No money for forestry consulting, says MRC divided vote


Allyson Beauregard

MRC PONTIAC – Mayors Gilles Dionne (Mansfield) and David Rochon (Waltham) called a special Council of Mayors meeting via ZOOM, March 24, with one item on the agenda: determining what to do with a remaining $50,000 in the MRC’s Sustainable Forest Management Program (PADF) budget. The issue proved to be controversial, ending in a tied vote after considerable debate.
For the last several years, $50,000 from the PADF paid a portion of the salary of the MRC’s forestry consultant, Pierre Vezina, who had been working with Fibre Pontiac to research and implement a diversified bio-park project to recover value from forestry by-products; it has been in the works for eight years with about $700,000 spent. His contract ended last November when the mayors passed two resolutions requiring a confirmation of federal funding and a commitment from a private company to come to the Pontiac before the MRC provided any further support; consequently, the $50,000 remained unused.
The resolution asked that the unused $50,000 be moved from the consulting stream of the PADF to the “realization of forestry management projects on residual land delegated by the MRC” category. This would fund silviculture work on public (TPI) lands the MRC manages: tree thinning, planting, tree marking, cutting, etc.
Jason Durand, MRC director of territory, displayed an email confirming that the Ministry of Forests, Wildlife and Parks (MFFP) has extended the deadline for work funded through the PADF program to September 30, 2021, and that
unused funds can be carried over to next year’s funding envelope.
Controversy arose concerning the urgency of adopting the resolution and Mayor Brent Orr (Bristol) requested it be discussed first in plenary instead of “voting on it carte blanche.” Mayor Winston Sunstrum (L’Isle-aux-Allumettes) agreed. Toller said the MFFP told her that although unused money won’t be lost, it could only be reallocated to a different category until March 31.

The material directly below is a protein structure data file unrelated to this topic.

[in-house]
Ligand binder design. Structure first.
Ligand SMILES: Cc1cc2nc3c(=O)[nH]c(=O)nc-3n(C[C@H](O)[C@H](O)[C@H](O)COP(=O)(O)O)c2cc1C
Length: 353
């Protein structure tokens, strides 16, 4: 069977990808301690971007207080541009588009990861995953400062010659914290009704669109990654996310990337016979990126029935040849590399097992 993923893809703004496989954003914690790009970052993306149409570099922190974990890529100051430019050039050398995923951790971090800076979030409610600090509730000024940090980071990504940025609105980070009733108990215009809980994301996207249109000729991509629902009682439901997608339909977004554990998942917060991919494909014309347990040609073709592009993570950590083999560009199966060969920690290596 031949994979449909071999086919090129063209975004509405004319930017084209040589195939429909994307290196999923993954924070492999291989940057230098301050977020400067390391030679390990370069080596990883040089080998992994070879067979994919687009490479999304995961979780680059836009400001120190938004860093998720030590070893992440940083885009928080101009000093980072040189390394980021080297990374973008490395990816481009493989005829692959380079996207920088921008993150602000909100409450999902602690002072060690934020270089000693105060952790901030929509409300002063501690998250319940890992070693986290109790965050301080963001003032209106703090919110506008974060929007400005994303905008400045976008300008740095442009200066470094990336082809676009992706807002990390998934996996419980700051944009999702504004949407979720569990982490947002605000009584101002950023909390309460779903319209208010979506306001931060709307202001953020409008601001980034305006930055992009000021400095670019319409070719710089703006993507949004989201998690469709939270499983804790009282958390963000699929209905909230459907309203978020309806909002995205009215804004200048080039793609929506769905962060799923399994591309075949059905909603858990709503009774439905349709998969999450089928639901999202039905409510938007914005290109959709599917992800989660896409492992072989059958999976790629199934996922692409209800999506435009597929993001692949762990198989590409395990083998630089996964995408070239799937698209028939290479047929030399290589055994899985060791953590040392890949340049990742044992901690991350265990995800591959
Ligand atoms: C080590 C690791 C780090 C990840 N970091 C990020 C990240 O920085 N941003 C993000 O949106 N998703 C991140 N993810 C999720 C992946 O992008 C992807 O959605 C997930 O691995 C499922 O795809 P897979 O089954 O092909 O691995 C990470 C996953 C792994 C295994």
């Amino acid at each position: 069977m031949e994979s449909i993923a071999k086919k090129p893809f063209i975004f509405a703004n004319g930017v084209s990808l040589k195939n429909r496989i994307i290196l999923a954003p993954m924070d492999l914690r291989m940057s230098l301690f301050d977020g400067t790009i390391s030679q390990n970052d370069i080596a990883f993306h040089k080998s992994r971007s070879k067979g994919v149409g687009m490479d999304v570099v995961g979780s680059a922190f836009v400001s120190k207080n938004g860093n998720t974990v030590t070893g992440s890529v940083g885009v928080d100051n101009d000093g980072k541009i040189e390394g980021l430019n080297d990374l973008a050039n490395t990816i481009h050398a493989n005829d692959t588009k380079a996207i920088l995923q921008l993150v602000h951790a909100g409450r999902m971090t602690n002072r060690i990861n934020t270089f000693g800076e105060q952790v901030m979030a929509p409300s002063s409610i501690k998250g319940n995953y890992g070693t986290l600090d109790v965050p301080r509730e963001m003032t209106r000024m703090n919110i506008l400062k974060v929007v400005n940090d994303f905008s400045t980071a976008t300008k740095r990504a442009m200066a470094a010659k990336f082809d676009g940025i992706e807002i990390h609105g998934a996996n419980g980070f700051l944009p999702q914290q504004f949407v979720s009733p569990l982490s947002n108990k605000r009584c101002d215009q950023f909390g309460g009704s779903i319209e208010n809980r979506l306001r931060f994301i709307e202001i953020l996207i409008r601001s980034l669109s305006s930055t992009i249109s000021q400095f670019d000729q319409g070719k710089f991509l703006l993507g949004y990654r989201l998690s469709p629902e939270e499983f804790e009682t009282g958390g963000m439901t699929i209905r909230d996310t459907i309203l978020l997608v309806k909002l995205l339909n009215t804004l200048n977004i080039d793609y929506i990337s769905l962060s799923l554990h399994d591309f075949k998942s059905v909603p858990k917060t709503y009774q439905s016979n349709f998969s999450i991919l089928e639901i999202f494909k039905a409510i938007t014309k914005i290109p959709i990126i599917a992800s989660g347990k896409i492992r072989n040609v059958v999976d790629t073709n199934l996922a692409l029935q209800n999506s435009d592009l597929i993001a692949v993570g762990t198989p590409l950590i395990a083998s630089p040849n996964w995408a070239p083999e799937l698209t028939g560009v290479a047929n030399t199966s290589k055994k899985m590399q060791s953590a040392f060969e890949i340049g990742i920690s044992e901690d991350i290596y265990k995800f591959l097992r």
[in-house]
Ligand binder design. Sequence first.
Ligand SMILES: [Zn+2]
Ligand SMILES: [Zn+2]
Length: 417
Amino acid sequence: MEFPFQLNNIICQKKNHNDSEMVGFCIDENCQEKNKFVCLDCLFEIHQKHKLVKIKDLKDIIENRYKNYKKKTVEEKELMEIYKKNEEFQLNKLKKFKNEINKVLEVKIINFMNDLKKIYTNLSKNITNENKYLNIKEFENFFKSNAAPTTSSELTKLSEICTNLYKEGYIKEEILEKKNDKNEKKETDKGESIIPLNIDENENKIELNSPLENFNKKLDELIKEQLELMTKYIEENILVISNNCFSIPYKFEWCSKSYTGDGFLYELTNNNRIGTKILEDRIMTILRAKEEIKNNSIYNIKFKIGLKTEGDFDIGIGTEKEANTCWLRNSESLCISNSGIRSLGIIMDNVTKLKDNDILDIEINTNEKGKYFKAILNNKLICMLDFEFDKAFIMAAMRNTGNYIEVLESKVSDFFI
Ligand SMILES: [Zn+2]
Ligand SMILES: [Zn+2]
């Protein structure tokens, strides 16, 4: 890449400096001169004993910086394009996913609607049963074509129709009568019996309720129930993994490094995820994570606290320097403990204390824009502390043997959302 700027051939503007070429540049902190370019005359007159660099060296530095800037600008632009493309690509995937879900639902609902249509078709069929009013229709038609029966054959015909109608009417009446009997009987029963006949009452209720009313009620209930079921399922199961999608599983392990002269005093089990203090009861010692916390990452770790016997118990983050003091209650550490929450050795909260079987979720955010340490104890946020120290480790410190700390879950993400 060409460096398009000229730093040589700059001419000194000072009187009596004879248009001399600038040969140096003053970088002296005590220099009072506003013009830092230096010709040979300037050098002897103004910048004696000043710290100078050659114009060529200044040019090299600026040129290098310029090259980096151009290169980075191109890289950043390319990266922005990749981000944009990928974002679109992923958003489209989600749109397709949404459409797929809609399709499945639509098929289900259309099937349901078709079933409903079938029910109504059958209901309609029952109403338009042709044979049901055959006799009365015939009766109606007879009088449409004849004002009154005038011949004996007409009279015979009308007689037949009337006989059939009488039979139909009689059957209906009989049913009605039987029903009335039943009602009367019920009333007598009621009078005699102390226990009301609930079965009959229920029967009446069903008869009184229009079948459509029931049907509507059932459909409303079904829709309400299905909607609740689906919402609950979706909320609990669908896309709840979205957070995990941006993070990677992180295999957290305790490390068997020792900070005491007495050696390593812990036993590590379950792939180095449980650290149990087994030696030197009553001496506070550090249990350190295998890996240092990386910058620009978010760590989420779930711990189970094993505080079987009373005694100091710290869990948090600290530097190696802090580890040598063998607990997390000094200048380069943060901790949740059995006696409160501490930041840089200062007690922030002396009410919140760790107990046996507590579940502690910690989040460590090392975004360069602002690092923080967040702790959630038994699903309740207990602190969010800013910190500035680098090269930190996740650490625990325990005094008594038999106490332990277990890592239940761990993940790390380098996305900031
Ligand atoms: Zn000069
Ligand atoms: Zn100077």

Mayor Colleen Larivière (Litchfield) said she didn’t see a rush since the money wouldn’t be lost, and re-allocating the funds would continue to allow wood to leave the Pontiac. “We’re just putting another bandage on the problem,” she said.
Toller stressed the issue isn’t that the $50,000 would be lost; it’s where it can be spent. “[Some mayors] don’t agree with it continuing to be left [for consulting]. The new category will involve work on the TPI, because at the end of the day, what are people asking us for? We know wood leaves the Pontiac right now, but that’s not the point. This is a chance for people in the Pontiac to be working,” she added, noting Groupe-ment Forestier and local contractors would be given the work.

Mayor Serge Newberry (Calumet) called the vote, which ended in a tie with the following mayors voting against the reallocation: Winston Sunstrum (L’Isle-aux-Allumettes), Brent Orr (Bristol), Alain Gagnon (Bryson), Maurice Beauregard (Campbell’s Bay), Donald Gagnon (Chichester), Sandra Murray (Shawville), John Armstrong (Clarendon), Doris Ranger (Sheenboro) and Colleen Larivière (Litchfield).
Toller voted in favour of the reallocation. This broke the tie, but resulted in
further debate.
“I asked [why you didn’t vote] last meeting and you told me when [it’s a tie], you wouldn’t vote. So, why are you tonight?” asked Mayor Beauregard, referring to a tied vote concerning the PADF fund at the regular meeting on
March 17.
Toller explained thewarden can vote when it’s a tie: “I knew many of you would feel badly and felt it would be heavy-handed. It already failed on a tie, why did I need to vote as well?
I think it’s very clear what my position is: I’m the one that raised my concern about so much money being spent on a consultant and a project that was moving very slowly with no investor or major guarantee; I’ve been consistent,” she concluded.